I was fascinated by this Strange Horizons piece
and the ensuing Twitter kerfuffle. I'd go over and read the piece, but to summarize crudely, Renay is arguing that creators ought to stay out of fan discussions of their works. Her argument is something like that creators are invading fannish spaces and imposing their canonical authority in places where their input isn't welcome or productive.
Some scattered thoughts in lieu of a coherent response:
1) Whenever I post anything online, I do so under the assumption that it's going to be read by my mom, the police, and the people I'm writing about. Does this mean I would feel totally sanguine if the creator of a work I'd reviewed negatively came in to comment on one of my reviews? No, because I'm somewhat conflict averse and I don't like making people feel bad. But if I'm not willing to run the risk of that happening, I don't post online.
2) In the SF book fandom that I grew up in, the line between pro and fan has always been extremely porous. Even before the internet, you always ran the risk that an author would see your negative review in a fanzine, or that they'd be in the audience when you said something about their work on a convention panel, or that they'd overhear you talking about their work in the consuite. Sure, fanfic was something you didn't wave in authors' faces, because of the legal issues and because it makes some writers uncomfortable. But, in general, the mingling of fans and pros has always been a feature of the fannish spaces that were most important to me. Clearly Renay's experience of fandom is very different.
3) Okay, let's talk about authorial intent. Yes, it's true that as an author, you have no control over what readers take away from your work. Ultimately, what the writer intended has no more validity than any other well-considered interpretation. However, it also doesn't have less validity. As a reader, I'm interested in what the writer was trying to do, even if all I can do with that information is say, "Wow, you sure didn't achieve that."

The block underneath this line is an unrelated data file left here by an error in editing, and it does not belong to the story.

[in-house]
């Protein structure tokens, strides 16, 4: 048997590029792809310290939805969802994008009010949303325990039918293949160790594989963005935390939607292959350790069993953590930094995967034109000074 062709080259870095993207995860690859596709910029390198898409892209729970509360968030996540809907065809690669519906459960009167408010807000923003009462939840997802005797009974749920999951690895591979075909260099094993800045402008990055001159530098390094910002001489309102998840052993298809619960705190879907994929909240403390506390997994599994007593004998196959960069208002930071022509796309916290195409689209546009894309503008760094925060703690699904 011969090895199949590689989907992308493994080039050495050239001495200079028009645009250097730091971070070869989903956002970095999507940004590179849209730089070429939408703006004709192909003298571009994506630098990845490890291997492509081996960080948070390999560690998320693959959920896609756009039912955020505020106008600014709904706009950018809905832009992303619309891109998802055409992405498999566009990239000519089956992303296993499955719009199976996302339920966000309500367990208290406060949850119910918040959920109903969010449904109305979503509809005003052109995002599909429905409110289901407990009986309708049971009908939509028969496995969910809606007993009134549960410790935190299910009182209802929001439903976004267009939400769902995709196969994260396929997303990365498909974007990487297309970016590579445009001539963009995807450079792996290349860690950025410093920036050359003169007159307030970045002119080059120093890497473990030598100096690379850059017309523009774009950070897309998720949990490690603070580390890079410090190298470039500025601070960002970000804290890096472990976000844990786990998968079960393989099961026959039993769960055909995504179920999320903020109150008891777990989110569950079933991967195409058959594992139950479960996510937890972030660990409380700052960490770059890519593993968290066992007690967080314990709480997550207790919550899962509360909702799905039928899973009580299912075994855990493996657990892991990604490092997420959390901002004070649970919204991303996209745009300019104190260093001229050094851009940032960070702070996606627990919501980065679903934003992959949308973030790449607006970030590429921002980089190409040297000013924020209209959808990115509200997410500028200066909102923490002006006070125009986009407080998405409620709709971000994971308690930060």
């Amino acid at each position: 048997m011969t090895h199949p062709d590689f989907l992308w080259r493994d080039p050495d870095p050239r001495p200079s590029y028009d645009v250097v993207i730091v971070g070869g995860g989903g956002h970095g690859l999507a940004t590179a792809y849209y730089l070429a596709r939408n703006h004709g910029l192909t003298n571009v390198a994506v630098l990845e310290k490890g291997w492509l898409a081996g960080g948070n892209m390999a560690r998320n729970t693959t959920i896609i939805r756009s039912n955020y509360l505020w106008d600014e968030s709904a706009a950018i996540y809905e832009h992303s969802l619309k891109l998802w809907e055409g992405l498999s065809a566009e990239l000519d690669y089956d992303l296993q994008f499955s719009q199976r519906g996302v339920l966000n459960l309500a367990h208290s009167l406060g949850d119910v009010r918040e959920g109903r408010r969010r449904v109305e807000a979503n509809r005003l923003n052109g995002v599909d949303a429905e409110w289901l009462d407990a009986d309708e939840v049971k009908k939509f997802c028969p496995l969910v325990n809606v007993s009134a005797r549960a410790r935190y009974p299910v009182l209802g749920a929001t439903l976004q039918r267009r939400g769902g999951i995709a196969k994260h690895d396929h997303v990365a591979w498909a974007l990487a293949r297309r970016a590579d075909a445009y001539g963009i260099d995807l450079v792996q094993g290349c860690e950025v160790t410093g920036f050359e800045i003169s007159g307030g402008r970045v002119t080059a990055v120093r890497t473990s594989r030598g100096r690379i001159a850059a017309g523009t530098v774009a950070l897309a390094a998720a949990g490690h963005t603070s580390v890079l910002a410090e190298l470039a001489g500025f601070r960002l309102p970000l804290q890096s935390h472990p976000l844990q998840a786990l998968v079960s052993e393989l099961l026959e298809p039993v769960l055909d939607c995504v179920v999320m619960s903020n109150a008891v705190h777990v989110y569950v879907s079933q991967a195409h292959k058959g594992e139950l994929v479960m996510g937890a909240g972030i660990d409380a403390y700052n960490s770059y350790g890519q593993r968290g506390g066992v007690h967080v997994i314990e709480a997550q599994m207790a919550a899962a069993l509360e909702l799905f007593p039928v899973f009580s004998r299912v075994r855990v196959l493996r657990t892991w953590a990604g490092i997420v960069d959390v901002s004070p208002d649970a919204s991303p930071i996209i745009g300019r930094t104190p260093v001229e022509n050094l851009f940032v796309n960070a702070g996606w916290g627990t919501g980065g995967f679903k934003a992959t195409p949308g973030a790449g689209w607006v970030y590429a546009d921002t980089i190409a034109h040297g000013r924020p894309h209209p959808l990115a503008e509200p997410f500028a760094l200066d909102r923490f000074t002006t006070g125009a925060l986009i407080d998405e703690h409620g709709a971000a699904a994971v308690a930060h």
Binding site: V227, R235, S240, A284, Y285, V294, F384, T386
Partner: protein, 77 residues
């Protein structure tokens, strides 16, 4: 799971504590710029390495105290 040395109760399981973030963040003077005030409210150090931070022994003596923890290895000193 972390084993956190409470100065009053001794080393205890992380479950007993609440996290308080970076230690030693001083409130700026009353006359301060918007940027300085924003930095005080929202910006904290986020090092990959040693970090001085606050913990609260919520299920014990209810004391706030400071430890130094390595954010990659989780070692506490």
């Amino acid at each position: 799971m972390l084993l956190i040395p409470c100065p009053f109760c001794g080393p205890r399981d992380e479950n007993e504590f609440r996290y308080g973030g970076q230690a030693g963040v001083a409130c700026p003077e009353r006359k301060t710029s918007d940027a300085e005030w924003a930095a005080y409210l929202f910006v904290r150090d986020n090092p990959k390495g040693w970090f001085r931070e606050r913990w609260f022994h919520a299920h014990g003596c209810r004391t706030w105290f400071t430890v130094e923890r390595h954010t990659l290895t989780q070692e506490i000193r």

4) Are authors asserting power when they step into a fannish discussion of their work? I don't see it that way - the fannish culture that I talk about in point 2 above has always been pretty egalitarian about the relation between pros and fans. I have run into some authors here who don't get the fallacy of authorial intent and go around being dickheads about alternative interpretations of their work, but that's just people being dickheads.
5) I do think there is another dimension of this: in at least two of the examples Renay cites in that essay, a creator waded into a discussion in which issues of sexism or racism in their work were being discussed. And in a context where the creator is white and male, this can end up looking a lot like a privileged dude mansplaining away the unsavory aspects of his work. I looked at the discussion of Ben Aaronovitch's Peter Grant novels linked in Renay's essay, and I genuinely don't think that that was what was going on there. However, I can see how people might perceive it that way, and I think, ultimately, it's probably more important for people to be mindful of that dynamic than of the pro/fan dynamic.